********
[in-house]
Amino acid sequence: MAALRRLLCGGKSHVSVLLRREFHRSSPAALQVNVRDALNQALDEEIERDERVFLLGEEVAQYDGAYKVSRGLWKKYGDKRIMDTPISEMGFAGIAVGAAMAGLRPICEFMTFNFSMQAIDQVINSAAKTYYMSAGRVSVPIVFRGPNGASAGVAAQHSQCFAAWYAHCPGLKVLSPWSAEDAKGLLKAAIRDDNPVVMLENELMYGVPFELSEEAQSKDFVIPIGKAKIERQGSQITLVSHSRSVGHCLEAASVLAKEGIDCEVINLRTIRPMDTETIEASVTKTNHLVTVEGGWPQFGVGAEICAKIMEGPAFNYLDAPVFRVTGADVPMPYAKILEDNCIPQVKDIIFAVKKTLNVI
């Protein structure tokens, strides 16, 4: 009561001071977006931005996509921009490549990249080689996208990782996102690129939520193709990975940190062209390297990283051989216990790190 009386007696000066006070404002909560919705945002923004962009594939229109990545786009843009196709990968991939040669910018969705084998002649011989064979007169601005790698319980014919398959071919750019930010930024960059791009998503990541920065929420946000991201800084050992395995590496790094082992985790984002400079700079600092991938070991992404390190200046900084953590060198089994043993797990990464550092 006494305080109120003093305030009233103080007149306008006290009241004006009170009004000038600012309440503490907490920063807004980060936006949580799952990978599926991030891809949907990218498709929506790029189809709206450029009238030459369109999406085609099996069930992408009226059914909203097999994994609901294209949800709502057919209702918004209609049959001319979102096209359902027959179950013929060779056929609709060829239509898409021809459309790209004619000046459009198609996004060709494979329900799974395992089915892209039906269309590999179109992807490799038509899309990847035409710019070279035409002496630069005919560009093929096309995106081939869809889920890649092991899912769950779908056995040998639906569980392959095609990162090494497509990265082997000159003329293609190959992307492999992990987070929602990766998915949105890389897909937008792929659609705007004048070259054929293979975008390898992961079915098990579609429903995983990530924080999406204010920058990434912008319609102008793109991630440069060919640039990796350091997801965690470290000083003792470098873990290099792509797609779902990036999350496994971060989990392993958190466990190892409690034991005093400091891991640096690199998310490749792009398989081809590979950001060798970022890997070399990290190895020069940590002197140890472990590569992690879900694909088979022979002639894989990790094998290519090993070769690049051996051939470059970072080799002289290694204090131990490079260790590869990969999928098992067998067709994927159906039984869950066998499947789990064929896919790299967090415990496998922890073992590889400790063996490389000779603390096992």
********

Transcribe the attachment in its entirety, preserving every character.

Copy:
[in-house]
Amino acid sequence: MAALRRLLCGGKSHVSVLLRREFHRSSPAALQVNVRDALNQALDEEIERDERVFLLGEEVAQYDGAYKVSRGLWKKYGDKRIMDTPISEMGFAGIAVGAAMAGLRPICEFMTFNFSMQAIDQVINSAAKTYYMSAGRVSVPIVFRGPNGASAGVAAQHSQCFAAWYAHCPGLKVLSPWSAEDAKGLLKAAIRDDNPVVMLENELMYGVPFELSEEAQSKDFVIPIGKAKIERQGSQITLVSHSRSVGHCLEAASVLAKEGIDCEVINLRTIRPMDTETIEASVTKTNHLVTVEGGWPQFGVGAEICAKIMEGPAFNYLDAPVFRVTGADVPMPYAKILEDNCIPQVKDIIFAVKKTLNVI
């Protein structure tokens, strides 16, 4: 009561001071977006931005996509921009490549990249080689996208990782996102690129939520193709990975940190062209390297990283051989216990790190 009386007696000066006070404002909560919705945002923004962009594939229109990545786009843009196709990968991939040669910018969705084998002649011989064979007169601005790698319980014919398959071919750019930010930024960059791009998503990541920065929420946000991201800084050992395995590496790094082992985790984002400079700079600092991938070991992404390190200046900084953590060198089994043993797990990464550092 006494305080109120003093305030009233103080007149306008006290009241004006009170009004000038600012309440503490907490920063807004980060936006949580799952990978599926991030891809949907990218498709929506790029189809709206450029009238030459369109999406085609099996069930992408009226059914909203097999994994609901294209949800709502057919209702918004209609049959001319979102096209359902027959179950013929060779056929609709060829239509898409021809459309790209004619000046459009198609996004060709494979329900799974395992089915892209039906269309590999179109992807490799038509899309990847035409710019070279035409002496630069005919560009093929096309995106081939869809889920890649092991899912769950779908056995040998639906569980392959095609990162090494497509990265082997000159003329293609190959992307492999992990987070929602990766998915949105890389897909937008792929659609705007004048070259054929293979975008390898992961079915098990579609429903995983990530924080999406204010920058990434912008319609102008793109991630440069060919640039990796350091997801965690470290000083003792470098873990290099792509797609779902990036999350496994971060989990392993958190466990190892409690034991005093400091891991640096690199998310490749792009398989081809590979950001060798970022890997070399990290190895020069940590002197140890472990590569992690879900694909088979022979002639894989990790094998290519090993070769690049051996051939470059970072080799002289290694204090131990490079260790590869990969999928098992067998067709994927159906039984869950066998499947789990064929896919790299967090415990496998922890073992590889400790063996490389000779603390096992």